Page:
Physicotechnical Institute

The following article is from The Great Soviet Encyclopedia (1979). It might be outdated or ideologically biased.

Physicotechnical Institute


(full name, A. F. Ioffe Physicotechnical Institute of the Academy of Sciences of the USSR), a scientific research institution at which research is conducted in physics and its technical applications. Located in Leningrad, the institute was created in 1921 on the basis of the physicotechnical division of the Roentgenologic and Radiological Institute (founded 1918). The academician A. F. Ioffe was the institute’s founder and first director. The academician B. P. Konstantinov became director in 1957, and the academician V. M. Tuchkevich in 1967.

From the first years of its existence, the A. F. Ioffe Physicotechnical Institute was the leading center of Soviet Physics, where a number of famous scientists began their careers and spent many years conducting research. They include the academicians of the Academy of Sciences of the USSR, A. P. Aleksandrov, L. A. Artsimovich, A. I. Alikhanov, B. M. Vul, I. K. Kikoin, Iu. B. Kobzarev, V. N. Kondrat’ev, B. P. Konstantinov, G. V. Kurdiumov, I. V. Kurchatov, P. I. Lukirskii, N. N. Semenov, D. V. Skobel’tsyn, G. N. Flerov, Iu. B. Khariton, and A. A. Chernyshev and the corresponding members A. I. Alikhan’ian, A. F. Val’ter, P. P. Kobeko, D. A. Rozhanskii, A. V. Stepanov, Ia. I. Frenkel’, and A. I. Shal’nikov. Among those presently (1976) working at the institute are the academician of the Academy of Sciences of the USSR S. N. Zhurkov and the corresponding members Zh. I. Alferov, G. A. Grinberg, B. P. Zakharchenia, and G. A. Smolenskii.

The Physicotechnical Institute traditionally has conducted research in solid-state physics, semiconductor physics, and nuclear physics. Its scientists determined the influence of crystal defects on the strength properties of materials and developed the concept of the microscopic model of real crystals and of the condensed state in general. In the early 1930’s the institute turned to the study of the properties of semiconductors and began producing semiconductor materials and working out the technical applications of such materials. At the same time, the theory of rectification was constructed and copper-oxide and selenium rectifiers were studied. The first junction transistors in the USSR were produced in the 1940’s. The thyristors developed at the institute served as the basis for the creation of a new branch of industry—power semiconductor electronics. The institute’s investigation of heterojunctions led to the construction of heterolasers and other quantum electronic devices based on them. Work in nuclear physics was begun in 1932; the electrocapillary theory of fission of heavy nuclei was created, and the phenomena of nuclear isomerism of radioactive elements and the spontaneous decay of uranium nuclei were discovered.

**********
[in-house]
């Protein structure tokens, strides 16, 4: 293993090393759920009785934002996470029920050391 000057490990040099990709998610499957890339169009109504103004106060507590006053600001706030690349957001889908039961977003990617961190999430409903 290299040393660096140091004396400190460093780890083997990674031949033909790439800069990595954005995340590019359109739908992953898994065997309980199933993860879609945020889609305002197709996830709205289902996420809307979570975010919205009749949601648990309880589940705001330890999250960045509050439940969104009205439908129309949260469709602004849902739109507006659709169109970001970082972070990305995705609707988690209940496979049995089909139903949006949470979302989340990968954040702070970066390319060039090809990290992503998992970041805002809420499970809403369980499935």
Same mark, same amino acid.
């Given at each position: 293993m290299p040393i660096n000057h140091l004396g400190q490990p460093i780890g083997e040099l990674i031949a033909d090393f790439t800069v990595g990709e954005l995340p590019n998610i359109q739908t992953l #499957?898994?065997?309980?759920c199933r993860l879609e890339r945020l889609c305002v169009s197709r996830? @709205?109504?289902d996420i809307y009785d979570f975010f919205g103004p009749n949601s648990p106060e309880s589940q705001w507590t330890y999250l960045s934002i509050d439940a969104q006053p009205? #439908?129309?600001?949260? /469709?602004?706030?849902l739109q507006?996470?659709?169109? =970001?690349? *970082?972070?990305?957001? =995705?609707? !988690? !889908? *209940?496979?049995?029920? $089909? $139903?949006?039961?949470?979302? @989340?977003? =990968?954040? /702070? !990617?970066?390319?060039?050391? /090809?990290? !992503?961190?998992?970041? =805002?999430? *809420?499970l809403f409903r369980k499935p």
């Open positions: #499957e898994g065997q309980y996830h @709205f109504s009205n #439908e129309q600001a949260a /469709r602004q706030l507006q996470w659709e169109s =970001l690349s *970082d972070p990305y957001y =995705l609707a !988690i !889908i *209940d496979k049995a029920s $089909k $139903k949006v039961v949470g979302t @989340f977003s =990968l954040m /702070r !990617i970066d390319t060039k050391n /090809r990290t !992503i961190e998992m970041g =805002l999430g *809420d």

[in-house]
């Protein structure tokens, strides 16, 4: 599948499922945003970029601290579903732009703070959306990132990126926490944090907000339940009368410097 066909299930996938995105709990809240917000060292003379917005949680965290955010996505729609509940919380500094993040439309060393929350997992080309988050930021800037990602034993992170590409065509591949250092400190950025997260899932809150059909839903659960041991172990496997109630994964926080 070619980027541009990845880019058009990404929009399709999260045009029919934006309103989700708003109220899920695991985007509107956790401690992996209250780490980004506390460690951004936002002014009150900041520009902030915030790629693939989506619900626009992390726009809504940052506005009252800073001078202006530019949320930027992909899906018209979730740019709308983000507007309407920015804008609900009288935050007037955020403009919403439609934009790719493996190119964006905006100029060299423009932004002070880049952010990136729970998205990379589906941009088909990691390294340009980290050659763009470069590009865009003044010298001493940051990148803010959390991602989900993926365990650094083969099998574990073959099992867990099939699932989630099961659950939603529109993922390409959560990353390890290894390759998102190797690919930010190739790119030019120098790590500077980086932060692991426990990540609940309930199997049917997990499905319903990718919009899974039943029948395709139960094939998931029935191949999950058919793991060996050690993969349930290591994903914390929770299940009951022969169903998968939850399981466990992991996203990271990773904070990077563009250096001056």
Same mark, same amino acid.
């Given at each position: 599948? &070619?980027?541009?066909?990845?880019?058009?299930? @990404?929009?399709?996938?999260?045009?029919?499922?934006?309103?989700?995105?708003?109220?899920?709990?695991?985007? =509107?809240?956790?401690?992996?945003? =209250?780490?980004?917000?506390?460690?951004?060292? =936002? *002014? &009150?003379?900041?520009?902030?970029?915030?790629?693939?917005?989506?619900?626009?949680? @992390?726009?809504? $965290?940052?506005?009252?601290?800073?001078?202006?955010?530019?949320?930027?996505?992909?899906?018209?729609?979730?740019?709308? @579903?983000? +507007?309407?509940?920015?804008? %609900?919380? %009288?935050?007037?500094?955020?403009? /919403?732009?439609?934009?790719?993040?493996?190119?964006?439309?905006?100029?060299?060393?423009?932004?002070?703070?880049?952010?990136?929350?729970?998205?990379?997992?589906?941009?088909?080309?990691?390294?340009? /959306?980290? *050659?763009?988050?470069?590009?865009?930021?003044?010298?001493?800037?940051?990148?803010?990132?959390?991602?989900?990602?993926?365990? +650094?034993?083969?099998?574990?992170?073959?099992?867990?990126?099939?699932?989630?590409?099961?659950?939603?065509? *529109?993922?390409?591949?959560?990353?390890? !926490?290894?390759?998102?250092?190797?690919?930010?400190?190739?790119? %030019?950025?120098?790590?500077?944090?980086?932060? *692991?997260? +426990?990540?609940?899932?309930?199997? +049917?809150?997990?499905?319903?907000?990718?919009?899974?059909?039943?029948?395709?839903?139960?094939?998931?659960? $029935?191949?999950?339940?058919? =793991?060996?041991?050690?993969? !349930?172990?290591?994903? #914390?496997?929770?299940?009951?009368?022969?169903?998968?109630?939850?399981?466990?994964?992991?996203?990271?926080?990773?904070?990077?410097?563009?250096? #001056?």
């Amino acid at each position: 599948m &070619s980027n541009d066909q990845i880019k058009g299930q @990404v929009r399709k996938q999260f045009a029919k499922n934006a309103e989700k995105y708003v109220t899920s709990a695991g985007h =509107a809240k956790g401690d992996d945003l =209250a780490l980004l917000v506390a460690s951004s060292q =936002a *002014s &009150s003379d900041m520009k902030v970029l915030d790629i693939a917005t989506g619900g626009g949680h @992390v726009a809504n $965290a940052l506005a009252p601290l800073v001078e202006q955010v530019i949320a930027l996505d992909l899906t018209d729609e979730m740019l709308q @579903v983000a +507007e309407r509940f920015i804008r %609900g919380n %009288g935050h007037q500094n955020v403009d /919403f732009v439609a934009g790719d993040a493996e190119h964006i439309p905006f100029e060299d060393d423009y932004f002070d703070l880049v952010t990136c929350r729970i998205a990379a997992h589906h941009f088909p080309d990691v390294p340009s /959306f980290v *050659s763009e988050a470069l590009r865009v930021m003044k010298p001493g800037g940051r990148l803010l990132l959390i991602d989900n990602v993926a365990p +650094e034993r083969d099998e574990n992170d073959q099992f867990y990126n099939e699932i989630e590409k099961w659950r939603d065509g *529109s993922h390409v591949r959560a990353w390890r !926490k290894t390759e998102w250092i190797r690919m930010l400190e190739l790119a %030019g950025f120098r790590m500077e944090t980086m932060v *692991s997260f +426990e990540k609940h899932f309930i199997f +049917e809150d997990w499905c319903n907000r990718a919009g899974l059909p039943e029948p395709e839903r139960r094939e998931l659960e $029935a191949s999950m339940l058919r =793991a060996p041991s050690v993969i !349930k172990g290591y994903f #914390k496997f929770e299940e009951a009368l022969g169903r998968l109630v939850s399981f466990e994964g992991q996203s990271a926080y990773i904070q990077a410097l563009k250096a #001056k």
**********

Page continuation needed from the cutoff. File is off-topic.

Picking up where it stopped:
In addition to its traditional areas of research, the Physicotechnical Institute is successfully developing research in many other areas, including plasma physics (plasma diagnostics, methods of heating and confining plasma), physical gas dynamics, astrophysics (solar physics, X-ray and gamma-ray astronomy, cosmic-ray physics), holography, optoelectronics, theoretical and mathematical physics, computer technology, emission electronics, and mass spectroscopy.

More than ten scientific research institutes have been created on the basis of the A. F. Ioffe Physicotechnical Institute, including the Institute of Chemical Physics of the Academy of Sciences of the USSR, the Physicotechnical Institute of the Academy of Sciences of the Ukrainian SSR (Kharkov), the Leningrad Institute of Nuclear Physics of the Academy of Sciences of the USSR, and the Institute of the Physics of Metals of the Academy of Sciences of the USSR.

The institute was awarded the Order of Lenin in 1967.


Fiziko-tekhnicheskii institut. Leningrad, 1968.
Frenkel’, V. Ia. “Piat’desiat let Fiziko-teknicheskomu in-tu A. F. Ioffe AN SSSR.” Uspekhi fizicheskikh nauk, 1968, vol. 96, issue 3.


The Great Soviet Encyclopedia, 3rd Edition (1970-1979). © 2010 The Gale Group, Inc. All rights reserved.
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Thesis, devoted to the acquisition of ultrapure germanium and silicon crystals, he defended in 1961), who worked in the world-famous Leningrad Physicotechnical Institute (LPhTI) named after A.F.

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